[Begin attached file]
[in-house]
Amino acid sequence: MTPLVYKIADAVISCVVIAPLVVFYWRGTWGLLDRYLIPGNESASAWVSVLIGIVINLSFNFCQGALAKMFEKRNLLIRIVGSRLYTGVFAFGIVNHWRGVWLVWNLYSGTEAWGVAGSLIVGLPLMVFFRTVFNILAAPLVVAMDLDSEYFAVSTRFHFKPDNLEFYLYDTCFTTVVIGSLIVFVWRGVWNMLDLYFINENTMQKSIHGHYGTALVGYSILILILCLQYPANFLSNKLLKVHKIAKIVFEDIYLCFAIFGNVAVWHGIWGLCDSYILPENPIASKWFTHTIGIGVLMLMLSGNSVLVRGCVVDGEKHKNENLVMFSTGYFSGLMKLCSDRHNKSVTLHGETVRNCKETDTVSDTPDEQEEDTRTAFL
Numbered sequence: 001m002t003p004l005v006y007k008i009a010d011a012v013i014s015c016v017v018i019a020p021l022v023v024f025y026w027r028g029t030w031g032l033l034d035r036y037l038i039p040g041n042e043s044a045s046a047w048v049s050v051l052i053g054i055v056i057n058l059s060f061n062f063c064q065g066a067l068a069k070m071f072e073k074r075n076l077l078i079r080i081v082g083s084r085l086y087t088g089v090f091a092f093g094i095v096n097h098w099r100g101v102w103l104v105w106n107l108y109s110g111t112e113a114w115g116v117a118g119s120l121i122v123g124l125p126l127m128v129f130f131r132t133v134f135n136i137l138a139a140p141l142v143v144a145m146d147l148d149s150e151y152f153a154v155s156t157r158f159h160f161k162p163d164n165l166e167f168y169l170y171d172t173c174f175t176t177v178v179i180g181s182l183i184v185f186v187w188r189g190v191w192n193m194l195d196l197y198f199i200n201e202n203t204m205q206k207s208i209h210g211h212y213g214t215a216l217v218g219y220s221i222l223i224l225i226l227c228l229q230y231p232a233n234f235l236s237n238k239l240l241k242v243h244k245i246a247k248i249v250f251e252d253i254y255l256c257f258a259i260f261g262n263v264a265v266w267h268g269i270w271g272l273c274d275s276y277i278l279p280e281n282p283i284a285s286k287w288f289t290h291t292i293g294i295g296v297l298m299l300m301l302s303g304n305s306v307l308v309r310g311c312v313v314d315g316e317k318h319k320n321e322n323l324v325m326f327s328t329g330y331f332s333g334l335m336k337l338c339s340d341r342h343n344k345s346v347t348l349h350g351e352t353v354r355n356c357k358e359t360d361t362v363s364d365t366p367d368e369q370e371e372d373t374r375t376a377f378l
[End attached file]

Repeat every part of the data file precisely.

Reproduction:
[in-house]
Amino acid sequence: MTPLVYKIADAVISCVVIAPLVVFYWRGTWGLLDRYLIPGNESASAWVSVLIGIVINLSFNFCQGALAKMFEKRNLLIRIVGSRLYTGVFAFGIVNHWRGVWLVWNLYSGTEAWGVAGSLIVGLPLMVFFRTVFNILAAPLVVAMDLDSEYFAVSTRFHFKPDNLEFYLYDTCFTTVVIGSLIVFVWRGVWNMLDLYFINENTMQKSIHGHYGTALVGYSILILILCLQYPANFLSNKLLKVHKIAKIVFEDIYLCFAIFGNVAVWHGIWGLCDSYILPENPIASKWFTHTIGIGVLMLMLSGNSVLVRGCVVDGEKHKNENLVMFSTGYFSGLMKLCSDRHNKSVTLHGETVRNCKETDTVSDTPDEQEEDTRTAFL
Numbered sequence: 001m002t003p004l005v006y007k008i009a010d011a012v013i014s015c016v017v018i019a020p021l022v023v024f025y026w027r028g029t030w031g032l033l034d035r036y037l038i039p040g041n042e043s044a045s046a047w048v049s050v051l052i053g054i055v056i057n058l059s060f061n062f063c064q065g066a067l068a069k070m071f072e073k074r075n076l077l078i079r080i081v082g083s084r085l086y087t088g089v090f091a092f093g094i095v096n097h098w099r100g101v102w103l104v105w106n107l108y109s110g111t112e113a114w115g116v117a118g119s120l121i122v123g124l125p126l127m128v129f130f131r132t133v134f135n136i137l138a139a140p141l142v143v144a145m146d147l148d149s150e151y152f153a154v155s156t157r158f159h160f161k162p163d164n165l166e167f168y169l170y171d172t173c174f175t176t177v178v179i180g181s182l183i184v185f186v187w188r189g190v191w192n193m194l195d196l197y198f199i200n201e202n203t204m205q206k207s208i209h210g211h212y213g214t215a216l217v218g219y220s221i222l223i224l225i226l227c228l229q230y231p232a233n234f235l236s237n238k239l240l241k242v243h244k245i246a247k248i249v250f251e252d253i254y255l256c257f258a259i260f261g262n263v264a265v266w267h268g269i270w271g272l273c274d275s276y277i278l279p280e281n282p283i284a285s286k287w288f289t290h291t292i293g294i295g296v297l298m299l300m301l302s303g304n305s306v307l308v309r310g311c312v313v314d315g316e317k318h319k320n321e322n323l324v325m326f327s328t329g330y331f332s333g334l335m336k337l338c339s340d341r342h343n344k345s346v347t348l349h350g351e352t353v354r355n356c357k358e359t360d361t362v363s364d365t366p367d368e369q370e371e372d373t374r375t376a377f378l